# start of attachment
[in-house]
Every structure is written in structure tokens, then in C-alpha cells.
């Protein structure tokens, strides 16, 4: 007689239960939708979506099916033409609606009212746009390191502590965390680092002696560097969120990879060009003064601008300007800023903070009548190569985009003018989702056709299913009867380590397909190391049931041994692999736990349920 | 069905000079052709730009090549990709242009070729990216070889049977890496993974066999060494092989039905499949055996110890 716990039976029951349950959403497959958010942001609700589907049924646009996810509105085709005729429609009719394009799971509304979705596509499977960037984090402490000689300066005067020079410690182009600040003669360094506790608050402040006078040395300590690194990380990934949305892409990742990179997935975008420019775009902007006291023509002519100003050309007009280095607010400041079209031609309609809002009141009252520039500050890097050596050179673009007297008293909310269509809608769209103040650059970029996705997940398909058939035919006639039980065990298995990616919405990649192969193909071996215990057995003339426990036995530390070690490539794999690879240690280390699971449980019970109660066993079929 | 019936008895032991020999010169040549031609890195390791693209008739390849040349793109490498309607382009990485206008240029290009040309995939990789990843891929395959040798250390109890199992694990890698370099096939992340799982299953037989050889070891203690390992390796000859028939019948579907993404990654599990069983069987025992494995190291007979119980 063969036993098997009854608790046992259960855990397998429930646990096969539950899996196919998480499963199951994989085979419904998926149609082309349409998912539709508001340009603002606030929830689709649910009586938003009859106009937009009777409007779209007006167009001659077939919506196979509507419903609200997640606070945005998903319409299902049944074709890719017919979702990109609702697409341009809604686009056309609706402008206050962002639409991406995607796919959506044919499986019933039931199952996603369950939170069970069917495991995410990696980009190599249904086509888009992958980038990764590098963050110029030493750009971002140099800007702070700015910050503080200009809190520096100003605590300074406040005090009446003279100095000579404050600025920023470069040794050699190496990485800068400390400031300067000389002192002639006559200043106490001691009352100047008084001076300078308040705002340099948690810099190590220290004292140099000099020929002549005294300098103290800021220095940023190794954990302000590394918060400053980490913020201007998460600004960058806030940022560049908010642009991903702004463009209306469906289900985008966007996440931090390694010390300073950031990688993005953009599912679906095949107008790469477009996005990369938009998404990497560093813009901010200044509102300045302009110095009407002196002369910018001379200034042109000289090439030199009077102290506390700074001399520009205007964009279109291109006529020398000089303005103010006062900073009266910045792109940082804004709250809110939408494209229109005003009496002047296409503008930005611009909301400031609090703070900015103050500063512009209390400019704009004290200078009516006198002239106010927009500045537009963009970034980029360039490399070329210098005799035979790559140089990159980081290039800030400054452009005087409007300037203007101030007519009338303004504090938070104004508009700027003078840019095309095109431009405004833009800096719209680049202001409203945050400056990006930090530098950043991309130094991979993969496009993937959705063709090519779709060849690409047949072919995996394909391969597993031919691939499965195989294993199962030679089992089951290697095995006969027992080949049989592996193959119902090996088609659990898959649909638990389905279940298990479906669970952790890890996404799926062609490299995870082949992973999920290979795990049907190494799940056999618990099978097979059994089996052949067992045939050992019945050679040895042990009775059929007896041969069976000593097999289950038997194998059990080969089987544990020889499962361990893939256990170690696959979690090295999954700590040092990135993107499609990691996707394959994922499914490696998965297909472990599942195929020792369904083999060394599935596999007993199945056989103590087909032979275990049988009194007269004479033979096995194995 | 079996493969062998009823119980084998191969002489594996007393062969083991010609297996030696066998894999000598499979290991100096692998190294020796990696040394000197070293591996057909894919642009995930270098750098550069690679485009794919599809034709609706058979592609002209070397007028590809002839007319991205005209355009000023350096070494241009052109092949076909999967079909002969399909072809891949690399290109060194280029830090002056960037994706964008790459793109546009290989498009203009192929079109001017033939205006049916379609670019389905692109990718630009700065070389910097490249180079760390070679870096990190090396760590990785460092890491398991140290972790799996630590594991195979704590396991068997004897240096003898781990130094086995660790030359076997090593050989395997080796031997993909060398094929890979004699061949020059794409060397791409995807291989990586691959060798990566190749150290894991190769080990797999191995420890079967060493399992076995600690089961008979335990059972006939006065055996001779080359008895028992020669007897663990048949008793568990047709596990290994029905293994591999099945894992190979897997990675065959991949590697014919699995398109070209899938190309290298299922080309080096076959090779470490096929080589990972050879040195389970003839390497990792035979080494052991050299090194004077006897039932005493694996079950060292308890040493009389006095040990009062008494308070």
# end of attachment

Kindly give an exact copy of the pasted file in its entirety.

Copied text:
[in-house]
Every structure is written in structure tokens, then in C-alpha cells.
């Protein structure tokens, strides 16, 4: 007689239960939708979506099916033409609606009212746009390191502590965390680092002696560097969120990879060009003064601008300007800023903070009548190569985009003018989702056709299913009867380590397909190391049931041994692999736990349920 | 069905000079052709730009090549990709242009070729990216070889049977890496993974066999060494092989039905499949055996110890 716990039976029951349950959403497959958010942001609700589907049924646009996810509105085709005729429609009719394009799971509304979705596509499977960037984090402490000689300066005067020079410690182009600040003669360094506790608050402040006078040395300590690194990380990934949305892409990742990179997935975008420019775009902007006291023509002519100003050309007009280095607010400041079209031609309609809002009141009252520039500050890097050596050179673009007297008293909310269509809608769209103040650059970029996705997940398909058939035919006639039980065990298995990616919405990649192969193909071996215990057995003339426990036995530390070690490539794999690879240690280390699971449980019970109660066993079929 | 019936008895032991020999010169040549031609890195390791693209008739390849040349793109490498309607382009990485206008240029290009040309995939990789990843891929395959040798250390109890199992694990890698370099096939992340799982299953037989050889070891203690390992390796000859028939019948579907993404990654599990069983069987025992494995190291007979119980 063969036993098997009854608790046992259960855990397998429930646990096969539950899996196919998480499963199951994989085979419904998926149609082309349409998912539709508001340009603002606030929830689709649910009586938003009859106009937009009777409007779209007006167009001659077939919506196979509507419903609200997640606070945005998903319409299902049944074709890719017919979702990109609702697409341009809604686009056309609706402008206050962002639409991406995607796919959506044919499986019933039931199952996603369950939170069970069917495991995410990696980009190599249904086509888009992958980038990764590098963050110029030493750009971002140099800007702070700015910050503080200009809190520096100003605590300074406040005090009446003279100095000579404050600025920023470069040794050699190496990485800068400390400031300067000389002192002639006559200043106490001691009352100047008084001076300078308040705002340099948690810099190590220290004292140099000099020929002549005294300098103290800021220095940023190794954990302000590394918060400053980490913020201007998460600004960058806030940022560049908010642009991903702004463009209306469906289900985008966007996440931090390694010390300073950031990688993005953009599912679906095949107008790469477009996005990369938009998404990497560093813009901010200044509102300045302009110095009407002196002369910018001379200034042109000289090439030199009077102290506390700074001399520009205007964009279109291109006529020398000089303005103010006062900073009266910045792109940082804004709250809110939408494209229109005003009496002047296409503008930005611009909301400031609090703070900015103050500063512009209390400019704009004290200078009516006198002239106010927009500045537009963009970034980029360039490399070329210098005799035979790559140089990159980081290039800030400054452009005087409007300037203007101030007519009338303004504090938070104004508009700027003078840019095309095109431009405004833009800096719209680049202001409203945050400056990006930090530098950043991309130094991979993969496009993937959705063709090519779709060849690409047949072919995996394909391969597993031919691939499965195989294993199962030679089992089951290697095995006969027992080949049989592996193959119902090996088609659990898959649909638990389905279940298990479906669970952790890890996404799926062609490299995870082949992973999920290979795990049907190494799940056999618990099978097979059994089996052949067992045939050992019945050679040895042990009775059929007896041969069976000593097999289950038997194998059990080969089987544990020889499962361990893939256990170690696959979690090295999954700590040092990135993107499609990691996707394959994922499914490696998965297909472990599942195929020792369904083999060394599935596999007993199945056989103590087909032979275990049988009194007269004479033979096995194995 | 079996493969062998009823119980084998191969002489594996007393062969083991010609297996030696066998894999000598499979290991100096692998190294020796990696040394000197070293591996057909894919642009995930270098750098550069690679485009794919599809034709609706058979592609002209070397007028590809002839007319991205005209355009000023350096070494241009052109092949076909999967079909002969399909072809891949690399290109060194280029830090002056960037994706964008790459793109546009290989498009203009192929079109001017033939205006049916379609670019389905692109990718630009700065070389910097490249180079760390070679870096990190090396760590990785460092890491398991140290972790799996630590594991195979704590396991068997004897240096003898781990130094086995660790030359076997090593050989395997080796031997993909060398094929890979004699061949020059794409060397791409995807291989990586691959060798990566190749150290894991190769080990797999191995420890079967060493399992076995600690089961008979335990059972006939006065055996001779080359008895028992020669007897663990048949008793568990047709596990290994029905293994591999099945894992190979897997990675065959991949590697014919699995398109070209899938190309290298299922080309080096076959090779470490096929080589990972050879040195389970003839390497990792035979080494052991050299090194004077006897039932005493694996079950060292308890040493009389006095040990009062008494308070």